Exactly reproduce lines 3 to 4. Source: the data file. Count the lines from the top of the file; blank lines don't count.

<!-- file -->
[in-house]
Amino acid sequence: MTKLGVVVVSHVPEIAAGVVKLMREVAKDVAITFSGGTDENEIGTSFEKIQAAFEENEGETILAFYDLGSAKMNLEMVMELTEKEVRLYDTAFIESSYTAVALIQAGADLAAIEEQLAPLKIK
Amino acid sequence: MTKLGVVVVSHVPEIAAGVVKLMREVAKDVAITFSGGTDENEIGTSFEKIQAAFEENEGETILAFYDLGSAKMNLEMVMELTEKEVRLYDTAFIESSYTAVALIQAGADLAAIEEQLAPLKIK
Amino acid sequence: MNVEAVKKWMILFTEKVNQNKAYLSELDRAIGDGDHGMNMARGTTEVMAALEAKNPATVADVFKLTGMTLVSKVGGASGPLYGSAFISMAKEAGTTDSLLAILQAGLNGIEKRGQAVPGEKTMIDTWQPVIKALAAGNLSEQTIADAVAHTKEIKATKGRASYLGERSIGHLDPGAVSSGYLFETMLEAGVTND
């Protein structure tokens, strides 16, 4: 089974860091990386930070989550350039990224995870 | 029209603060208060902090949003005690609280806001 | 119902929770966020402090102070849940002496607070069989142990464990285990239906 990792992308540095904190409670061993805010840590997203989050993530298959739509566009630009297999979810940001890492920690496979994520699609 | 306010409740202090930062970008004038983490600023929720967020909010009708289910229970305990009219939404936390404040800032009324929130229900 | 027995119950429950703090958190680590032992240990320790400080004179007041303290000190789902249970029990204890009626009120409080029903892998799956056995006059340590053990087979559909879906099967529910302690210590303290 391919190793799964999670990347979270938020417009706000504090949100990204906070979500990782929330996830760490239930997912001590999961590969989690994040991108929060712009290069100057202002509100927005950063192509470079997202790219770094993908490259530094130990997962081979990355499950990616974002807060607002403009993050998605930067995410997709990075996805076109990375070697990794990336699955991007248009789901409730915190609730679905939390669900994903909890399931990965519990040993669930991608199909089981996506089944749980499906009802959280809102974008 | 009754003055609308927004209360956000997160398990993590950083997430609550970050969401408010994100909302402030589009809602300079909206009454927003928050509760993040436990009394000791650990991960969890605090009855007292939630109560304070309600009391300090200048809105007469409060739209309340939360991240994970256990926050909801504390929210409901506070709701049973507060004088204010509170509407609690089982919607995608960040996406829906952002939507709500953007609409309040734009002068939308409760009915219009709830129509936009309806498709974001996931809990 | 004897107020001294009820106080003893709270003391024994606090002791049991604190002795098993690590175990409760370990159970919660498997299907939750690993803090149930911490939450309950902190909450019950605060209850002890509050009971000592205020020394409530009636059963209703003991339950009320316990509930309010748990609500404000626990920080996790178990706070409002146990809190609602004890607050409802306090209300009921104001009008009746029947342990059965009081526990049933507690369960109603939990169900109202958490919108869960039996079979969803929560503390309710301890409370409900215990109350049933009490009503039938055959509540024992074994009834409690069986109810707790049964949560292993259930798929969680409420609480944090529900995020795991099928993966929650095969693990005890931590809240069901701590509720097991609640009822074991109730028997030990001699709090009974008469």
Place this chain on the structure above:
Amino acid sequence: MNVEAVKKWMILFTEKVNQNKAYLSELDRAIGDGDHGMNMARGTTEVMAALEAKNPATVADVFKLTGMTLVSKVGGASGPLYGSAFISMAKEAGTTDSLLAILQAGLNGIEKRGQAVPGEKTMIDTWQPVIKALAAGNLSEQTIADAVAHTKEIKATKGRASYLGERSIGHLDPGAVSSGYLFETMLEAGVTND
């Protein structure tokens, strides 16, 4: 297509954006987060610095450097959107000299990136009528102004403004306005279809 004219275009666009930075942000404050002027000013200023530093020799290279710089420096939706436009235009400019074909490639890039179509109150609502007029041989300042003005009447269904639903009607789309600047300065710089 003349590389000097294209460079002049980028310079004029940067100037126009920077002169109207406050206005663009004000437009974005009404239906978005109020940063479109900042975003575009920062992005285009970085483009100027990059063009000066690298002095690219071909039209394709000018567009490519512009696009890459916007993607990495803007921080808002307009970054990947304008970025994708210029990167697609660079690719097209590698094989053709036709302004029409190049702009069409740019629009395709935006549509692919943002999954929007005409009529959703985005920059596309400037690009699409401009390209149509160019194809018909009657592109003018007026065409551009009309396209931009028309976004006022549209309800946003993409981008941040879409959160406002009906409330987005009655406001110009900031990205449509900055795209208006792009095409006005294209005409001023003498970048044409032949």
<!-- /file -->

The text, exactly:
Amino acid sequence: MTKLGVVVVSHVPEIAAGVVKLMREVAKDVAITFSGGTDENEIGTSFEKIQAAFEENEGETILAFYDLGSAKMNLEMVMELTEKEVRLYDTAFIESSYTAVALIQAGADLAAIEEQLAPLKIK
Amino acid sequence: MNVEAVKKWMILFTEKVNQNKAYLSELDRAIGDGDHGMNMARGTTEVMAALEAKNPATVADVFKLTGMTLVSKVGGASGPLYGSAFISMAKEAGTTDSLLAILQAGLNGIEKRGQAVPGEKTMIDTWQPVIKALAAGNLSEQTIADAVAHTKEIKATKGRASYLGERSIGHLDPGAVSSGYLFETMLEAGVTND